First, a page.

Director: Stanley Kubrick
Starring: Keir Dullea, Gary Lockwood, William Sylvester
2001 is a total cinematic experience. Kubrick is a big director and only he could have tackled the source material, in the manner it deserved at least. Arthur C. Clarke and Kubrick were thinking of bigger ideas, ideas which both alienated themselves from humanity and elevated themselves to the status of genius.
Thanks to Kubrick, whenever we look at scenes of sprawling stars, we think of (or at least I think of) Johann Strauss’ waltz “Blue Danube”. We have an idea of classical music as perfectly constructed melody. Strauss’ waltz flows as it should and resolves itself in a crescendo of perfect harmony as we watch the docking of Bowman’s space shuttle in 2001. It’s slow, interesting, beautiful, and immensely watchable – tenets sustained throughout the film.
2001 is about everything. Humanity and where it comes from, technology and what it does to us, the future and what’s in store for us. In the robotic HAL 9000 we are given the most human character of the film: he tries to make sense of his existence and give order to it, he harms his friends while trying to do what is right, and suffers a total breakdown while singing and recounting childhood memories. The interplay between technology and humanity is of central importance to Kubrick. We can only dream of how he would have made A.I. Artificial Intelligence work on the big screen. Spielberg gave it a good go, but it’s not on the level of Kubrick’s visuals.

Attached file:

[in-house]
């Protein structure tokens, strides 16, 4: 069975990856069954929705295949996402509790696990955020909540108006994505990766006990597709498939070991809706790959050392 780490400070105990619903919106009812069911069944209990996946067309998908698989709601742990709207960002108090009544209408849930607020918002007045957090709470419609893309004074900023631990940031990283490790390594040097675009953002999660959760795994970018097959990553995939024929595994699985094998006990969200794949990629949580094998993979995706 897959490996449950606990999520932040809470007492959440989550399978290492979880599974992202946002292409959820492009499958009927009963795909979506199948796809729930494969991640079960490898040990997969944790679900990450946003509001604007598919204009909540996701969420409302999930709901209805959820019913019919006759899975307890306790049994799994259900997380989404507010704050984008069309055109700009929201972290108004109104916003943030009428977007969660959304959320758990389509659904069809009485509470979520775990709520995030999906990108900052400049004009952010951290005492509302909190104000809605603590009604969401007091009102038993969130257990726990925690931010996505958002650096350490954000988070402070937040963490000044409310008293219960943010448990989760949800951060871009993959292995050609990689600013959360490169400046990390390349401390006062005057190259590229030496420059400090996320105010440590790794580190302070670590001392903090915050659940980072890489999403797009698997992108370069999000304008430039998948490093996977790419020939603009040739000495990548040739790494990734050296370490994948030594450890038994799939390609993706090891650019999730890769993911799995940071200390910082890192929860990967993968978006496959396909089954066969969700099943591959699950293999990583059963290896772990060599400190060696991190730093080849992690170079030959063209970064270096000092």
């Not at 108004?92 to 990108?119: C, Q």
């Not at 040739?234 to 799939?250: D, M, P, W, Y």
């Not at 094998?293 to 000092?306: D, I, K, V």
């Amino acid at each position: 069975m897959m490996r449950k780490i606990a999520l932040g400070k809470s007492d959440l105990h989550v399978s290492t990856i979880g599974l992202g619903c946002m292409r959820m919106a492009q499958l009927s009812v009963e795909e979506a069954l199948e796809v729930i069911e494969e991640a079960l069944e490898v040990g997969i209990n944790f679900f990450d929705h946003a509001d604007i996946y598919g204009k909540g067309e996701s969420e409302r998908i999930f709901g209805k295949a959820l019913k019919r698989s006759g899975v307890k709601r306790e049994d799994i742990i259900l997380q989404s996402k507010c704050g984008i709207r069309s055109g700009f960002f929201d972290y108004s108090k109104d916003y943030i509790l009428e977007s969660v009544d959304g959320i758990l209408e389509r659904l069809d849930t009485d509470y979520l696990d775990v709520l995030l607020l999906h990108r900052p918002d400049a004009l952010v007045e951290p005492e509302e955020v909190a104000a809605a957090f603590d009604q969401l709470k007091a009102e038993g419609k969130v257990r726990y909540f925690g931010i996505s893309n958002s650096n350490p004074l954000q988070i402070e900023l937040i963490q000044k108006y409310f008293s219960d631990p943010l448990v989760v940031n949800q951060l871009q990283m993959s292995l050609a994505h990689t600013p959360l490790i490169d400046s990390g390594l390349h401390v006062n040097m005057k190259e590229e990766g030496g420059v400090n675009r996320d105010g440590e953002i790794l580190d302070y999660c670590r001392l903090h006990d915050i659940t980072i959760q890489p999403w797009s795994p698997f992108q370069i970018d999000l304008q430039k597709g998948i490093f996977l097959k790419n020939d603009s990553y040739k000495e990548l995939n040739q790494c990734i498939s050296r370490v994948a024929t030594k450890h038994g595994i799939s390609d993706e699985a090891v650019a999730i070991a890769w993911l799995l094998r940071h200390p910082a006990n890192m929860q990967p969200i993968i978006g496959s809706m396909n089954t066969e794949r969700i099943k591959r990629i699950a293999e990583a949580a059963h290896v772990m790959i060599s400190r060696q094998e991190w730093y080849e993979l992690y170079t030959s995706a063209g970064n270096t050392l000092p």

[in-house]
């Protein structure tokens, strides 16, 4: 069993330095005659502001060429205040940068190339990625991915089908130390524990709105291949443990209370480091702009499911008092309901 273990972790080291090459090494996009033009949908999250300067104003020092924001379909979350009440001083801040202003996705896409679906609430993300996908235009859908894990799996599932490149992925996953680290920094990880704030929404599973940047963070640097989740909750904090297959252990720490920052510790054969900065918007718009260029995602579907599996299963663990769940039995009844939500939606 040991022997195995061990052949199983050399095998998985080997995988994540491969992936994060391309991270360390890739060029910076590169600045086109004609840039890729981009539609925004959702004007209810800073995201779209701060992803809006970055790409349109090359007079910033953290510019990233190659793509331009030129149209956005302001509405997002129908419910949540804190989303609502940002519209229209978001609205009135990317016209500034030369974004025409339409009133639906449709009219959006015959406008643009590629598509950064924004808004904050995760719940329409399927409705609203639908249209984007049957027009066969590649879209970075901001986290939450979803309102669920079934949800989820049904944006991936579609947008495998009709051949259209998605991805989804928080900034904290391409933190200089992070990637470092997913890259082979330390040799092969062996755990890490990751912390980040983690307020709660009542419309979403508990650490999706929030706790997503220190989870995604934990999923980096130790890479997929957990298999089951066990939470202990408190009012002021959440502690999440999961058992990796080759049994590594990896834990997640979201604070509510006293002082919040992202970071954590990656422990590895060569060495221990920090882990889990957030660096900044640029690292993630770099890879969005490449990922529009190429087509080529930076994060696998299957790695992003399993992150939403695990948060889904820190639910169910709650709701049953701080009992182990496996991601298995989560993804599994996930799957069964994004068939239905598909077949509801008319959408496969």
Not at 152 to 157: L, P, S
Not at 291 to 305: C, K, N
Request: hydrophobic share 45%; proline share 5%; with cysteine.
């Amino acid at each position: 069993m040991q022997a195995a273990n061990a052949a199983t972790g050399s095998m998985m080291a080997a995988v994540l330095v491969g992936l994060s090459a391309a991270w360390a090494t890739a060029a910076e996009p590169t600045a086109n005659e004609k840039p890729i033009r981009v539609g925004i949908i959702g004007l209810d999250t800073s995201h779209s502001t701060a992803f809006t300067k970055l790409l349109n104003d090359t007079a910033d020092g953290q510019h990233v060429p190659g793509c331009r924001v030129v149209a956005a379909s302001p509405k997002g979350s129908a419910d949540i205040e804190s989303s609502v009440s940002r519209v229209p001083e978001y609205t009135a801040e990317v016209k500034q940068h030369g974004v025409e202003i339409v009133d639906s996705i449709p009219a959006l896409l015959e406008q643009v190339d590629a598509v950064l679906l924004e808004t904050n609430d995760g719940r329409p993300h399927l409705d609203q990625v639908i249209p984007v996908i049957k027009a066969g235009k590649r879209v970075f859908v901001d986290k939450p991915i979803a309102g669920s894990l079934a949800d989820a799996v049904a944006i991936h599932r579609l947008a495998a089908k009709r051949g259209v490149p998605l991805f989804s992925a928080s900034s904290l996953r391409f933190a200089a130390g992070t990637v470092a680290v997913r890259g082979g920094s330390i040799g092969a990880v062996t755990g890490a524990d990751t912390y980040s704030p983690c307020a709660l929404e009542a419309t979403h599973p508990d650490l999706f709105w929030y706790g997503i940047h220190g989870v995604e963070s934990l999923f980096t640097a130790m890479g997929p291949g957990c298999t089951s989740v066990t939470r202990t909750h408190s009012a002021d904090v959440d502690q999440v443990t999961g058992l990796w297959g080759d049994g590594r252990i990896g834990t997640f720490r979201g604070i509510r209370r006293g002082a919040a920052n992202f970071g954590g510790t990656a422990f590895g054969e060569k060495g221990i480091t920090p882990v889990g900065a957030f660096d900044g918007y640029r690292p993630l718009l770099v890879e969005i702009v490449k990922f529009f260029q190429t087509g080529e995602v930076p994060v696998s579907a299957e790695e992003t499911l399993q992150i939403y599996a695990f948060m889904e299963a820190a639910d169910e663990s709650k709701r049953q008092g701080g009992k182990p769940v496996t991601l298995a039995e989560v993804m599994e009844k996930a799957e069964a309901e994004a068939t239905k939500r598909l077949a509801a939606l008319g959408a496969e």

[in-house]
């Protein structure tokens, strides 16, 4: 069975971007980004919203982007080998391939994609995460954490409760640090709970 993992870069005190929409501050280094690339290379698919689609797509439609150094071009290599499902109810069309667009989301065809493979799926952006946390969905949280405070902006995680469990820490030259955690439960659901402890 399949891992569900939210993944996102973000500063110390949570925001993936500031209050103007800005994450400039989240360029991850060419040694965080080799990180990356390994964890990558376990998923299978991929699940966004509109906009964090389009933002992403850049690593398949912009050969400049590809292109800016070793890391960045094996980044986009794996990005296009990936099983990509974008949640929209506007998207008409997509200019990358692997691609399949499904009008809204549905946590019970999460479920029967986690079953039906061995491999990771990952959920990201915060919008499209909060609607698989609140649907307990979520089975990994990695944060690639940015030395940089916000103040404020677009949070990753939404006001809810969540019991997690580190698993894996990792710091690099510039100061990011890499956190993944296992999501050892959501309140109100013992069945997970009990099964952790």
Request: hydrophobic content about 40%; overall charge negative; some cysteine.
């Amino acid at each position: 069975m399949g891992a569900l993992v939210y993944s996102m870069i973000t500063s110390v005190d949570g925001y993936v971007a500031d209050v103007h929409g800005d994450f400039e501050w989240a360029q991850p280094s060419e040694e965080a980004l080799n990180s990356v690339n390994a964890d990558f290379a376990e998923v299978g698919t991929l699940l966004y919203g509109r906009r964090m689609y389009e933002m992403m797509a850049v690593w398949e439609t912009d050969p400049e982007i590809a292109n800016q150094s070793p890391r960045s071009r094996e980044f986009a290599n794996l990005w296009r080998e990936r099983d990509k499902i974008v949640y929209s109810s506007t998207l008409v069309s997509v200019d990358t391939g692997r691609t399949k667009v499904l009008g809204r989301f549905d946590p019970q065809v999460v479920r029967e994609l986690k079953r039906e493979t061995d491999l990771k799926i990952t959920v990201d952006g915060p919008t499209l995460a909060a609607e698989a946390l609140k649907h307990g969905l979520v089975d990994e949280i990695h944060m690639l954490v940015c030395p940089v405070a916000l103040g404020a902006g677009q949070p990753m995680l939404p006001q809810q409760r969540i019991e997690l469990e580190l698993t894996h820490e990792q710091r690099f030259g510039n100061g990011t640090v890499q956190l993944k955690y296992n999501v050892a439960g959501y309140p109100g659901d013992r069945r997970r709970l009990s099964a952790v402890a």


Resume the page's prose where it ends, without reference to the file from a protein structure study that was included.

There is no doubt that this film has inspired artistic and scientific disciplines alike by giving a visualization to what many could only dream of. Above all other accomplishments, this film achieves transcendence – a connection on a human level to something so alien. As Carl Sagan said: “We are made of starstuff.”